Fiji’s pursuit of economic prosperity and equality hinges on the expansion of its agriculture and tourism sectors. However, the path to integrated, low-emission and climate-resilient growth presents a significant challenge. Aiming to address this, The University of Fiji and SEI conducted a workshop titled “Policy Coherence for Sustainable Development.” This workshop aimed to facilitate the implementation of climate goals and Sustainable Development Goals (SDGs) in both sectors, while concurrently working to reduce inequality in Fiji.
The workshop convened decision-makers, NGOs, private sector representatives, community advocates and academics to discuss role of policy coherence in implementing climate and sustainable development goals as part of the ClimEQ project.
Broadening perspectives for policymaking in Fiji’s tourism and agriculture sectors
Fiji susceptibility to external shocks and the impacts of climate change has resulted in numerous policy challenges, particularly within its key economic sectors: tourism and agriculture.
The interaction between these sectors is intricate, characterised by a multi-stakeholder process entangled with conflicting interests. For example, the tourism industry’s usage of domestic agriculture products is minimal, which suggests a possible lack of trust in Fiji’s capacity to produce these goods domestically. This lack of use is underscored by the fact that nearly 70% of the country’s agricultural potential remains untapped.
The workshop, organized by The University of Fiji in collaboration with SEI, sought to address these issues, jointly developing policy recommendations to improve the synergy between the agriculture and tourism sectors. The workshop also offered a platform participants to discuss how these two sectors can continue to be Fiji’s economic engine while maintaining commitment to climate change mitigation and sustainable development.
“The strong interest by the Fijian government in policy coherence, evidenced by the large workshop turnout, indicates that maximizing synergy between these key sectors is a high priority. However, this interest must translate into coherent implementation and address potential negative policy outcomes, particularly concerning inequality.”
— Adis Dzebo, Research Fellow at SEI
Stakeholder involvement for the enhancement of tourism and agriculture in Fiji
In the past two decades, the tourism sector’s increased prominence has resulted in a decline in the sugarcane industry and agricultural sector more widely.
The sugar industry, a mainstay of the Fijian economy for over a century, has seen declining production over the past 15 years due to ageing farmers, a lack of incentives for new-generation farmers, deteriorating soil quality, inadequate policies for the sugar industry and land lease complications.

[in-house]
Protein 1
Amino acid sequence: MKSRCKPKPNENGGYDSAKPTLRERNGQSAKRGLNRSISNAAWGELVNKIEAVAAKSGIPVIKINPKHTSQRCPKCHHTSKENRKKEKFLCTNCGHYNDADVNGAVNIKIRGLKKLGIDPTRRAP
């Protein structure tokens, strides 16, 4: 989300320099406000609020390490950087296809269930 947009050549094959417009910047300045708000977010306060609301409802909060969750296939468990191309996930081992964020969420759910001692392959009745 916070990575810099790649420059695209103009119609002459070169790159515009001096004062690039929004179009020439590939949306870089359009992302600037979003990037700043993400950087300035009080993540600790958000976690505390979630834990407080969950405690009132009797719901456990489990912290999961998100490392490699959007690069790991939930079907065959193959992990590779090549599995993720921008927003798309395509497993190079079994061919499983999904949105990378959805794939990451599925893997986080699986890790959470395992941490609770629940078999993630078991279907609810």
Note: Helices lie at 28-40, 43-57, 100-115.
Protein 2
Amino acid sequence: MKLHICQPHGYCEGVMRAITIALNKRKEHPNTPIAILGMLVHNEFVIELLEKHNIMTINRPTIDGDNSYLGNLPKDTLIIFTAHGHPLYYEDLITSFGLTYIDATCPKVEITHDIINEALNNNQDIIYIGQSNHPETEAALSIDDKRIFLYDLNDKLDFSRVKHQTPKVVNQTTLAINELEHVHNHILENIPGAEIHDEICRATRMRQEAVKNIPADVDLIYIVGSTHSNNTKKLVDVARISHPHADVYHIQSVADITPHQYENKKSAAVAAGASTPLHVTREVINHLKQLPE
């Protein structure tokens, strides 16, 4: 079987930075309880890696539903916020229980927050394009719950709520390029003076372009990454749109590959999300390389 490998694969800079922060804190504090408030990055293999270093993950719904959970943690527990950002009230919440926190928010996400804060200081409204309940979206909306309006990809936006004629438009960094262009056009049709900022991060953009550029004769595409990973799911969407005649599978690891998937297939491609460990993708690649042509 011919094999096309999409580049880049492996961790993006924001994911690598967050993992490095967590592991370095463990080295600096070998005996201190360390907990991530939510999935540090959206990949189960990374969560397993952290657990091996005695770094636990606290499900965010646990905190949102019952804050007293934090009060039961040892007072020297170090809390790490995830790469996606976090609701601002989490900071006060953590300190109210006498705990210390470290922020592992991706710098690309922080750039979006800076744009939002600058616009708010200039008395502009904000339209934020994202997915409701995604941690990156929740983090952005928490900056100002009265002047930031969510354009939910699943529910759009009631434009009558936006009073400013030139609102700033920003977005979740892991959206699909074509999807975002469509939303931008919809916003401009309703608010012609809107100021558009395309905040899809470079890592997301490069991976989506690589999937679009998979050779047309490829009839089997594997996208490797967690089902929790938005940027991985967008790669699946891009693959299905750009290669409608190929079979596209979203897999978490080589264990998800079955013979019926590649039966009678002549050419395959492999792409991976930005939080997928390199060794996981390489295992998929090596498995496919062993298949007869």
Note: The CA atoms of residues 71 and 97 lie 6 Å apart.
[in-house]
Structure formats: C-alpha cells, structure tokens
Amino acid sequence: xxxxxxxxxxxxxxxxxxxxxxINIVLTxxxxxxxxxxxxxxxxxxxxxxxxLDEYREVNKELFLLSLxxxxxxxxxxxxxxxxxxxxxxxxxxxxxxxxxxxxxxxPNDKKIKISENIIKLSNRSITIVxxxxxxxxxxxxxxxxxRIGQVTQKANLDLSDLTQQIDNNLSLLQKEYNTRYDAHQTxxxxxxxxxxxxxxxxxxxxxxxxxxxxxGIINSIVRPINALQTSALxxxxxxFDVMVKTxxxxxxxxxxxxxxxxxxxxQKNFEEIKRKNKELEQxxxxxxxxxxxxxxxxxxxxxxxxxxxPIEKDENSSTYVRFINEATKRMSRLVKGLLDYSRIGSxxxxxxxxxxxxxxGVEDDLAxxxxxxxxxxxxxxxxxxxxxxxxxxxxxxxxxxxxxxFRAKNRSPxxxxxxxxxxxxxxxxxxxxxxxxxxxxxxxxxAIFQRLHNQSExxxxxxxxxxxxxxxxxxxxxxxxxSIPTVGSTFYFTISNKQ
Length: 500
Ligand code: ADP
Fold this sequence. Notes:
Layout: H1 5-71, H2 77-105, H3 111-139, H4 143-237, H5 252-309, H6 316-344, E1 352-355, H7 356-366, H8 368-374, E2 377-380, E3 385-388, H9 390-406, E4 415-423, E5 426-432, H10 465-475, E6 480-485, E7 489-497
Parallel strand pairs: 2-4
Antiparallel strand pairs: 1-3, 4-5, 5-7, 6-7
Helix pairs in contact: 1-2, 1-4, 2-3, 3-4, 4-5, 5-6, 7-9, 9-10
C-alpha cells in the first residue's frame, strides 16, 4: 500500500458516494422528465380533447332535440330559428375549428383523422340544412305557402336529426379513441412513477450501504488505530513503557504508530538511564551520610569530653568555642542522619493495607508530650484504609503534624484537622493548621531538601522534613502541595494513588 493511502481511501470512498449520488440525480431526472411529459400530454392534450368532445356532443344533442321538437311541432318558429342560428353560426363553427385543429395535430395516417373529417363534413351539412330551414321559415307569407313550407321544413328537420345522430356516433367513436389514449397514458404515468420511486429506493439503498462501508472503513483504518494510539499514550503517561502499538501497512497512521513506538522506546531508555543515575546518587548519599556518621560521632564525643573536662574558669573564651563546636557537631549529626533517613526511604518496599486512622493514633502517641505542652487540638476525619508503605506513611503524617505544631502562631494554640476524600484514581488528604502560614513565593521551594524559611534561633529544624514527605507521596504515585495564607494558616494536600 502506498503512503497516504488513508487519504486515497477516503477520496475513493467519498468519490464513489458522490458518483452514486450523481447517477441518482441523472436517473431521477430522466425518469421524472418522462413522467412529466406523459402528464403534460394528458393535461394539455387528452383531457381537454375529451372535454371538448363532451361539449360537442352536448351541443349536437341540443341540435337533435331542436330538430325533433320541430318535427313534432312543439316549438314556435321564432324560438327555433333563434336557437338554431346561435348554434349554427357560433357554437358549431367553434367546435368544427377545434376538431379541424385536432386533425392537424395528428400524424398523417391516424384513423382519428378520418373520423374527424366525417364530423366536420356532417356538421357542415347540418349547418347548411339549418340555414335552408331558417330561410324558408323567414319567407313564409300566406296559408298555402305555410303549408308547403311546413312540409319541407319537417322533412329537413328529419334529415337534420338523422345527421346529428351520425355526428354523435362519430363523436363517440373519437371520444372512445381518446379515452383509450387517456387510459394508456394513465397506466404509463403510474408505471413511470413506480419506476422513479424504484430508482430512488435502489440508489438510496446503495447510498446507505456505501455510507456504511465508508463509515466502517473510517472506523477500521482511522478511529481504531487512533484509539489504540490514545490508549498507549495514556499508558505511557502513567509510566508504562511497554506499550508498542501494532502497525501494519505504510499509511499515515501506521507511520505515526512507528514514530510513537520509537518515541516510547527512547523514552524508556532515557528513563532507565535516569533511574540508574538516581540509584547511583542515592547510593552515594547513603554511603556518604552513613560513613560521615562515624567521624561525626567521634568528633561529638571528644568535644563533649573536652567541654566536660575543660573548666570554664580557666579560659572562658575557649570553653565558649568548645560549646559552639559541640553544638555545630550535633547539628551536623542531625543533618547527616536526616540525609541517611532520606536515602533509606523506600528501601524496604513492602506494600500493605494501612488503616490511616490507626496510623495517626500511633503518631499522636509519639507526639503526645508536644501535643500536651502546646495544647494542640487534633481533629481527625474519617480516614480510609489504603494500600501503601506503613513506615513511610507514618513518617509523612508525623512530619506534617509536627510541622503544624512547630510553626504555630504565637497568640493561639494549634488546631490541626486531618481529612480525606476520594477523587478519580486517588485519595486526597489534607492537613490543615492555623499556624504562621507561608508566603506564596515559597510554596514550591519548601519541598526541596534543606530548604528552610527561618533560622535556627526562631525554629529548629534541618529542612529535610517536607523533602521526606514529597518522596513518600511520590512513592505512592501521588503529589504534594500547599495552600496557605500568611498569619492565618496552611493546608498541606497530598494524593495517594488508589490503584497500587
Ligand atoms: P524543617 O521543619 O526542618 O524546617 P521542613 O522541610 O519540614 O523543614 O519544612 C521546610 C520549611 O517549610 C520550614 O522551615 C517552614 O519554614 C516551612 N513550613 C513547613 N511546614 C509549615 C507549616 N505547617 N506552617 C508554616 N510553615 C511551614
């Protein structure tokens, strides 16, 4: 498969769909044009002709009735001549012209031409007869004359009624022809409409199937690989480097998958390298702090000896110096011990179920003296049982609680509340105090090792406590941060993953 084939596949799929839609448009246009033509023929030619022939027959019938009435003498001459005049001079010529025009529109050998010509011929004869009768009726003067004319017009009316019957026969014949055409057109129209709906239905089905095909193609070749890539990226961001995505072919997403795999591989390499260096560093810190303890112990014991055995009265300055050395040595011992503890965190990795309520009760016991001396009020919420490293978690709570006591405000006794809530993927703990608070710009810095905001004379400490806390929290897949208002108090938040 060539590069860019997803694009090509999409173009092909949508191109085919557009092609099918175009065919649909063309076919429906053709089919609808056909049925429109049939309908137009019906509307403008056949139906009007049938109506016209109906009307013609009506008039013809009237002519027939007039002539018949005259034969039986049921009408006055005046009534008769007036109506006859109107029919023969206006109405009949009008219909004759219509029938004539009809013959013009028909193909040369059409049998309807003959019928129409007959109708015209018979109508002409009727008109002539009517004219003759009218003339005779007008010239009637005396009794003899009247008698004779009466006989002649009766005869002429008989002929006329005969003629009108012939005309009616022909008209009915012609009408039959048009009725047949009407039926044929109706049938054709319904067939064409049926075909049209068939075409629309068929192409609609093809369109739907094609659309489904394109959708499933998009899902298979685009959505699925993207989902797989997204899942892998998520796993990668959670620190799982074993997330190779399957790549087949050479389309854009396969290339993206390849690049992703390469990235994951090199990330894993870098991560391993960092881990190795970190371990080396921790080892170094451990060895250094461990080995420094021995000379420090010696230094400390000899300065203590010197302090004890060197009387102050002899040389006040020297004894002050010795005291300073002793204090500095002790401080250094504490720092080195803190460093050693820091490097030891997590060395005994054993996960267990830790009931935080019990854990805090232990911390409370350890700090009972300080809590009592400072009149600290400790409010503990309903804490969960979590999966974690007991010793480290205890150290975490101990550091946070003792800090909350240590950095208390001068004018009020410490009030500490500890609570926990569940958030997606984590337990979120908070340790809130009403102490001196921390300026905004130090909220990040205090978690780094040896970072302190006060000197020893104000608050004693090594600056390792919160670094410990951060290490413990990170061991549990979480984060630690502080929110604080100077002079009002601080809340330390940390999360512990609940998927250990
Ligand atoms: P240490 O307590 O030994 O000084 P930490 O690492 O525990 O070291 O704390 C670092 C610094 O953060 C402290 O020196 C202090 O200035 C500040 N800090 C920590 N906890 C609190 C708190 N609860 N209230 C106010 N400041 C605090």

Challenges relating to production, supply and storage persist, despite efforts to promote both the agriculture and tourism sectors. Hotels and resorts often find it difficult to source local produce due to seasonal fluctuations, inconsistent supply, poor product quality and substandard food safety protocols. These factors continue to hinder the agricultural sector’s progress.
These issues underscored the need for the workshop, which aimed to foster greater integration among government agencies and encourage more active involvement from farming communities and the private sector in decision-making processes.
“The participants made a stronger call for a holistic, and people-centered approach to ensure sustainable development of the agriculture and tourism sectors.”
— Priyatma Singh, Lecturer and Project Manager at The University of Fiji
Charting a sustainable and economically prosperous path for Fiji
A key point emphasized during the workshop was the need for improved coordination among government agencies. Discussions primarily focused on enhancing horizontal integration, ensuring that Ministries align their strategic priorities and collaborate effectively to address these issues within the agriculture and tourism sectors and beyond, including energy, transportation and town and country planning.
Participants recognized that Fiji’s efforts to increase the participation women and youths in the agricultural sector has not yet achieved the desired impact. A strong emphasis was placed on the need for gender disaggregated data, which can provide a clearer picture of the current scenario and where interventions are needed.
Furthermore, they suggested creating a more inclusive environment that encourages women and youth entrepreneurship, particularly in the agriculture sector. By doing so, we not only foster sustainable development but also nurture a new generation of entrepreneurs that can drive the sector forward.